“The entire world is forced to buy from China.
“That is, until now.
“One Flip of the Switch Is About to Change It All…
“Up in the forests of rural Sweden, a brand-new mining operation is about to open for business.
“Mining bulldozers are already moving the earth away to reveal one of the highest-quality lodes of Pure Carbon on the planet.
“And it’s about time…
“Up until two years ago, there hadn’t been a new non-Chinese mine since the 1980s!”
And it’s not enough to make up a name (“pure carbon”) for this highly refined graphite, we also have to make up a name for the little company who owns the mine…
“This mine is owned by a small raw materials company I sometimes call ‘Rare Inc.,’ because it specializes in supplying the world’s rarest and most valuable raw materials that are absolutely essential to today’s technologies.
“These raw materials are literally what make all modern technology possible.
“Rare Inc. opened this mine in 2014 and it’s spent the last few years streamlining its production.”
Most of the rest of the spiel is an argument that the billions being poured into lithium-ion batteries and electric vehicles will bring a windfall for graphite… and, as these ads so often do, he quotes some reputable sources:
“‘Now the rise of the electric-car industry promises a huge surge in the [Pure Carbon] business. Making batteries big enough to power cars will cause a daunting leap in demand.’ —The Washington Post“
That’s from an article about the environmental impact of China’s graphite factories, in case you’re curious.
And he implies that Buffett is investing in this big growth story, too…
“All of this demand has attracted even the most conservative investors…
“Including Warren Buffett.
“His current investment includes heavy ownership in lithium-ion batteries, electric buses, and industrial equipment.
“Buffett has reviewed the same numbers that I have, and that’s why he’s comfortable making big bets in strategic companies.
“But here’s the unfortunate part: you don’t have access to the same opportunities that Buffett does.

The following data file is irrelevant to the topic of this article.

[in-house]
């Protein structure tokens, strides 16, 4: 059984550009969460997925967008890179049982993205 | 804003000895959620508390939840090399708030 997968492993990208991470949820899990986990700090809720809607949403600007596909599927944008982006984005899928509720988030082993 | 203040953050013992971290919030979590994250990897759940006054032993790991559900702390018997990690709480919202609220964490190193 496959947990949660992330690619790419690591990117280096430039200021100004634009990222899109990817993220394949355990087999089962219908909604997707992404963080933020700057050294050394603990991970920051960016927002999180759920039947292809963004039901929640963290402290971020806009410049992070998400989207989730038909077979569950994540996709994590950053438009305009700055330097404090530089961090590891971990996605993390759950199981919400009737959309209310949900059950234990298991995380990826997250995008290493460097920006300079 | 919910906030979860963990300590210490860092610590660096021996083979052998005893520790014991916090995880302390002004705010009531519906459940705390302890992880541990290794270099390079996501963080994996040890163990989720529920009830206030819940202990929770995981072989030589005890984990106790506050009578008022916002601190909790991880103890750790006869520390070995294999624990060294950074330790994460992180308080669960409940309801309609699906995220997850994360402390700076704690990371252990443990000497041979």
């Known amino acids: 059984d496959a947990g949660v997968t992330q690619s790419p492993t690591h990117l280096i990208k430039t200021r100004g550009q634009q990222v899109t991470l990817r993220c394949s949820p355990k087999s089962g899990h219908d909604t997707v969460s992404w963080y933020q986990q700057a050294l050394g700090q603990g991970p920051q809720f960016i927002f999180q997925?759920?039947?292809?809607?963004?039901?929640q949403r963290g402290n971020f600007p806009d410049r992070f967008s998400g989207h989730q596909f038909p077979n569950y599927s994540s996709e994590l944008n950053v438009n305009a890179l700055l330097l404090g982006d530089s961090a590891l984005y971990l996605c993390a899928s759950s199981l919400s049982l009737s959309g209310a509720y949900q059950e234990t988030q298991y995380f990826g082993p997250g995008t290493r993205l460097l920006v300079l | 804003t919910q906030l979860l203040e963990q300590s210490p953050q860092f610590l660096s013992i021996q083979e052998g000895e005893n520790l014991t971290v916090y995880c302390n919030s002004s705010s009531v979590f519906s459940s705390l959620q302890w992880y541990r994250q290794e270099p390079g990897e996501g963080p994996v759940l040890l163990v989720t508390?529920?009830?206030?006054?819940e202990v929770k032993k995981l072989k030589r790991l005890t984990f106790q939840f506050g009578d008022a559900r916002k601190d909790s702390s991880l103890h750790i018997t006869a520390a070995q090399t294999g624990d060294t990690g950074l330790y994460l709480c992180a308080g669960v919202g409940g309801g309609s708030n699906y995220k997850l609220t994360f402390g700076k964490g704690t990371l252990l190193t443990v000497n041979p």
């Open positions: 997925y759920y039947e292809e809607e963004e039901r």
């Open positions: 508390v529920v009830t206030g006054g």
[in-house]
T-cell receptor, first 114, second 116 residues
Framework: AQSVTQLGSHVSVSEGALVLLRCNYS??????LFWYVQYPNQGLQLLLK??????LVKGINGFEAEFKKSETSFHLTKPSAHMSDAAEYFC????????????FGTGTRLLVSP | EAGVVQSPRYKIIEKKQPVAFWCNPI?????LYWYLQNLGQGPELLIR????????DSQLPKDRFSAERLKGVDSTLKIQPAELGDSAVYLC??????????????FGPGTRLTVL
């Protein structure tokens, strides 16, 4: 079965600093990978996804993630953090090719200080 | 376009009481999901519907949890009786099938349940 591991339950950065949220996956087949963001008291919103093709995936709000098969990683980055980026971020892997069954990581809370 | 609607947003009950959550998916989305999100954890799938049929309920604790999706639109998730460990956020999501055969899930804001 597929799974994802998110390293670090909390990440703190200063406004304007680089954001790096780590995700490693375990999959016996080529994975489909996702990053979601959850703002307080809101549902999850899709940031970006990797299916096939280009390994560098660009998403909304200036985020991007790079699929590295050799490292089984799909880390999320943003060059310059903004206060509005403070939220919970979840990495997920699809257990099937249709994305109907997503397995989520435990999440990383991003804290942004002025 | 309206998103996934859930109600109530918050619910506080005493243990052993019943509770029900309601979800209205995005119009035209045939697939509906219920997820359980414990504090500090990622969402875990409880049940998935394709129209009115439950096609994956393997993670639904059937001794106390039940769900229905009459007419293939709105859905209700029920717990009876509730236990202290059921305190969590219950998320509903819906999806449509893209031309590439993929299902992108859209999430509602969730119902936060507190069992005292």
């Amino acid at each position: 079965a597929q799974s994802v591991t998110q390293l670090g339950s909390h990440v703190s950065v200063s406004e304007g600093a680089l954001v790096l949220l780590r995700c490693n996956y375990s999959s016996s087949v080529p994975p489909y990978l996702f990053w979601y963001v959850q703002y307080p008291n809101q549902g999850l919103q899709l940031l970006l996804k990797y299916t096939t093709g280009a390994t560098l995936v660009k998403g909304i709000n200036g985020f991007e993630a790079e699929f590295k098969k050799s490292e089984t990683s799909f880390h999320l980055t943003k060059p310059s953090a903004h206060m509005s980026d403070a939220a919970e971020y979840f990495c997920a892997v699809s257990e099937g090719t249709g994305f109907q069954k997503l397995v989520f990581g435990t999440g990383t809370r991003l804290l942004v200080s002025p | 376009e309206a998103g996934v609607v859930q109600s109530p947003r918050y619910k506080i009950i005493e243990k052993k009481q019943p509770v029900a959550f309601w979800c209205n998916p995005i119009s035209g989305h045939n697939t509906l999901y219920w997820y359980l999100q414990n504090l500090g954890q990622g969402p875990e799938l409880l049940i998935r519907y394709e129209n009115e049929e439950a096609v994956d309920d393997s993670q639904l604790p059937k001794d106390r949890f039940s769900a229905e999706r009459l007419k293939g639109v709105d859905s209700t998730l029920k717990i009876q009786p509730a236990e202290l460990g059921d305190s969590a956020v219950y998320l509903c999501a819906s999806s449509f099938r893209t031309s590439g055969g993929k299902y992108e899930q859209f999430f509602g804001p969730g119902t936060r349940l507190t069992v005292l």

“Even if you wanted in on his electric battery business, you’re completely shut out as an individual investor.
“That’s what makes this mine in Sweden such a rare opportunity.”
That’s not really true. Buffett’s Berkshire Hathaway does have a substantial (though still fairly irrelevant in the vast scheme of things for Berkshire) investment in BYD, which is a lithium-ion battery maker that has gradually turned itself into an electric car and bus company over the past decade. And you could buy shares if you wanted to, they’re listed in Hong Kong with ticker 1211 but also trade with some liquidity OTC in the US at BYDDF and BYDDY. Not that it’s really a play on this “pure carbon” or even on pricing of other battery raw materials, since the price of lithium or carbon or cobalt is not a major component of the cost of a new electric car or bus.
But anyway, back to this “Rare, Inc.” pitch — how about some more info about the company being teased?
“I got the CEO of this mine in Sweden on the phone to discuss the breathtaking potential of this mining property.
“He confirmed that demand has been growing by leaps and bounds, and that its Pure Carbon refinement facility has never been more needed than right now.
“‘We’re in a unique position with our facility in Sweden, which is fully permitted and operational ready… we’re able to supply this growing demand.’ —CEO of Rare Inc.”
And apparently this mining company is also planning to produce some other valuable minerals:
“Rare Inc. knows that once Apple, Tesla, and the U.S. military have locked in contracts, it will be easy to sell them hard-to-find commodities with even fatter margins.